Sunday, May 4, 2008

How to slant a lede

A CNN online reporter cheers for Obama:
Barack Obama has won the Guam Democratic caucuses by a margin of 7 votes.
With all of Guam’s precincts reporting, Obama won 2,264 votes (50.1 percent) to 2,257 votes (49.9 percent) for Hillary Clinton, his sole remaining rival for the Democratic presidential nomination.
Obama led the vote count throughout the day and had a 52.7 percent to 47.3 percent advantage over Clinton by late afternoon. Clinton then won the sole remaining precinct — Guam’s largest village of Dededo — by a 61.9 percent to 38.1 percent margin, which brought her to within 7 votes of Obama in the overall tally.
Polls closed at 6 a.m. eastern time Saturday, but vote counting on the U.S. territory took over 13 hours to finalize.
Obama and Clinton will split the U.S. territory's four pledged delegate votes evenly, with two apiece.
The win gives Obama his 31st victory of the campaign, including his win in the Texas caucuses in March. Clinton has won 16 contests, including the Texas primary.
The battle for the Democratic nomination next heads to Indiana and North Carolina, which both will hold primaries on Tuesday.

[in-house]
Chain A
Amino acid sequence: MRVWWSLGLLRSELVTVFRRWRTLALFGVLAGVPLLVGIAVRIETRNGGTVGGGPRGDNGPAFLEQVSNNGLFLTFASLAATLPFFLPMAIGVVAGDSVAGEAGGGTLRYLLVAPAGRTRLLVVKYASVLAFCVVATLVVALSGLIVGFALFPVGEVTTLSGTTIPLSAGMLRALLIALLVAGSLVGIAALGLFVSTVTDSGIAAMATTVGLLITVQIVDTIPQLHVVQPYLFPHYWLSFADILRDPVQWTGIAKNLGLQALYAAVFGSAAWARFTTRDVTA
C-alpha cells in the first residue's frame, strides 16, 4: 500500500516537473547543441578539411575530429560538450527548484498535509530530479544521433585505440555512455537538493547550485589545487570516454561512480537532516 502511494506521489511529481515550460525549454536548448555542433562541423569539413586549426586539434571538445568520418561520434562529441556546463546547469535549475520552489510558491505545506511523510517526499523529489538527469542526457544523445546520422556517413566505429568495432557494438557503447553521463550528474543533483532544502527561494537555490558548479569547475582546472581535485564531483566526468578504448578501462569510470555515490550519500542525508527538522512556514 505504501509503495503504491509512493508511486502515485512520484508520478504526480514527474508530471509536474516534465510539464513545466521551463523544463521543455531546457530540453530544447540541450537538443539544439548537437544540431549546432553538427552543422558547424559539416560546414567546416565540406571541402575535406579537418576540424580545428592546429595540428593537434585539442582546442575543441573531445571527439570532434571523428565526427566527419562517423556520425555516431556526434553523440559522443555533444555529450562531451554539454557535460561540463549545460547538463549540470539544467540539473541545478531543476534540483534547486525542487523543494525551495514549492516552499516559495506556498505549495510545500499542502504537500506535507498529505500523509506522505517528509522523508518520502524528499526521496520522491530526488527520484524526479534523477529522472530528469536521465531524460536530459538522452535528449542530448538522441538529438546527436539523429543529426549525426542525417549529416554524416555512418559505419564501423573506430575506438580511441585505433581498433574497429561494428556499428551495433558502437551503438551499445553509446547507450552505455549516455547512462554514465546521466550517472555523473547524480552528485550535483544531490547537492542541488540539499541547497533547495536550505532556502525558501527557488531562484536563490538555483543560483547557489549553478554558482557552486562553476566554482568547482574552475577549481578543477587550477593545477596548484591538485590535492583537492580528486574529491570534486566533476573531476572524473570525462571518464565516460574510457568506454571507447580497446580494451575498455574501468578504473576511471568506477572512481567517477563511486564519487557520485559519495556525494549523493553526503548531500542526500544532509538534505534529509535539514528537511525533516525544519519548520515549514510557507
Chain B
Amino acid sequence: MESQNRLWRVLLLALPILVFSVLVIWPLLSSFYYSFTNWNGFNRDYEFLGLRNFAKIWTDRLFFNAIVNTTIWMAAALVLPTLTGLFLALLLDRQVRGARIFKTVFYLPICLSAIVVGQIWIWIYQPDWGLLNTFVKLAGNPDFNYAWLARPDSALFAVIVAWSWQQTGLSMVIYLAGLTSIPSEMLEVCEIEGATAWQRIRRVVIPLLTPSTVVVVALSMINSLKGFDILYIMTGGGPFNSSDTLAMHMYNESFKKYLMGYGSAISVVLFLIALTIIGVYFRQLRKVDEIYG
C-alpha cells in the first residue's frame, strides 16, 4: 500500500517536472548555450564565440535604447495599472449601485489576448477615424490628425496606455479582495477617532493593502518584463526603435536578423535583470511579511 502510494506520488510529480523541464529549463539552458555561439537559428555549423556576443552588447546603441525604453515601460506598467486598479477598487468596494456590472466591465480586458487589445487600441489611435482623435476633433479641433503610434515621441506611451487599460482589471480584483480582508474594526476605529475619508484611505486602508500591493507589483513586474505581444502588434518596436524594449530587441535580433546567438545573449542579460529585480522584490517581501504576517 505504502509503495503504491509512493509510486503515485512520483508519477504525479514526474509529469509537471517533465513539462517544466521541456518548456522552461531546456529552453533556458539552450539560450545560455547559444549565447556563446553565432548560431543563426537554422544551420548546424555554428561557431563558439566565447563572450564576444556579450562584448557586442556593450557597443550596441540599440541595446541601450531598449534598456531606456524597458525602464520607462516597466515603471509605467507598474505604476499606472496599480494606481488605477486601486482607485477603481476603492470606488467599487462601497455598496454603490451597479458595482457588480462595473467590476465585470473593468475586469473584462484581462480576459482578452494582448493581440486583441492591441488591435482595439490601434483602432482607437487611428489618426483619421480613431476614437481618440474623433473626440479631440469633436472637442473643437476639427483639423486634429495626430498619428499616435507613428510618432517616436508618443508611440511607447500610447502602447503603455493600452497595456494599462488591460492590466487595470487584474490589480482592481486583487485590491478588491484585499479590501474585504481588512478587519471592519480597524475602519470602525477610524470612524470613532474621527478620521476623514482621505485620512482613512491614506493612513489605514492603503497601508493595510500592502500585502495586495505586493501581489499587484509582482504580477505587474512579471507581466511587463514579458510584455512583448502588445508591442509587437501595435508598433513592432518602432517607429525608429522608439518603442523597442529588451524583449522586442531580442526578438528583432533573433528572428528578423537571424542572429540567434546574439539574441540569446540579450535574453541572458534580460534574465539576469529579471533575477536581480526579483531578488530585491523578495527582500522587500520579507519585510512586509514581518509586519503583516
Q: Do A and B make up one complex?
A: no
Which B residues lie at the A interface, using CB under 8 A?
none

That story is a total Obama pep rally:
  • Obama has the first paragraph all to himself.
  • The article twice states that "Obama won" before introducing Clinton.
  • The reference to Hillary as Obama's "sole remaining rival" suggests an inordinate degree of inequality between the two candidates, as if Clinton were an afterthought.
  • It's not until the fifth paragraph that the reader learns that, in terms of delegates -- the only thing that really matters in a primary -- Guam was a tie, rendering Obama's 0.1% "win" moot.
  • The sixth paragraph reads like it was lifted from an Obama press release, citing a measure that depicts him as an overwhelming winner. In fact, Clinton actually has won more popular votes (including Fla. & Mich.) while Obama's lead in pledged delegates is just 154 out of 2,849 delegates selected to date.
I suspect that a large part of the problem with this CNN article is that the writer is incompetent. The third paragraph is a classic rookie mistake, depicting the vote count as if it were a contest in its own right, so that the late returns from Dededo are depicted as some sort of comeback for Clinton. The people in Dededo voted at the same time as everyone else on Guam; it was only the result of their vote that was reported late. Thus the inference of a chronological sequence -- "Obama led ... Clinton then won ..." -- is false.

It's possible to slant a story without the slant being so glaringly obvious, but an incompetent reporter can't pull it off. And it's always better (and easier) just to report the freaking news -- it's just a straight-up report about the vote on Guam, for crying out loud -- and let the campaign spinners do their own job.

UPDATE: Michelle Malkin's readers were "on pins and needles" awaiting the outcome in Guam.

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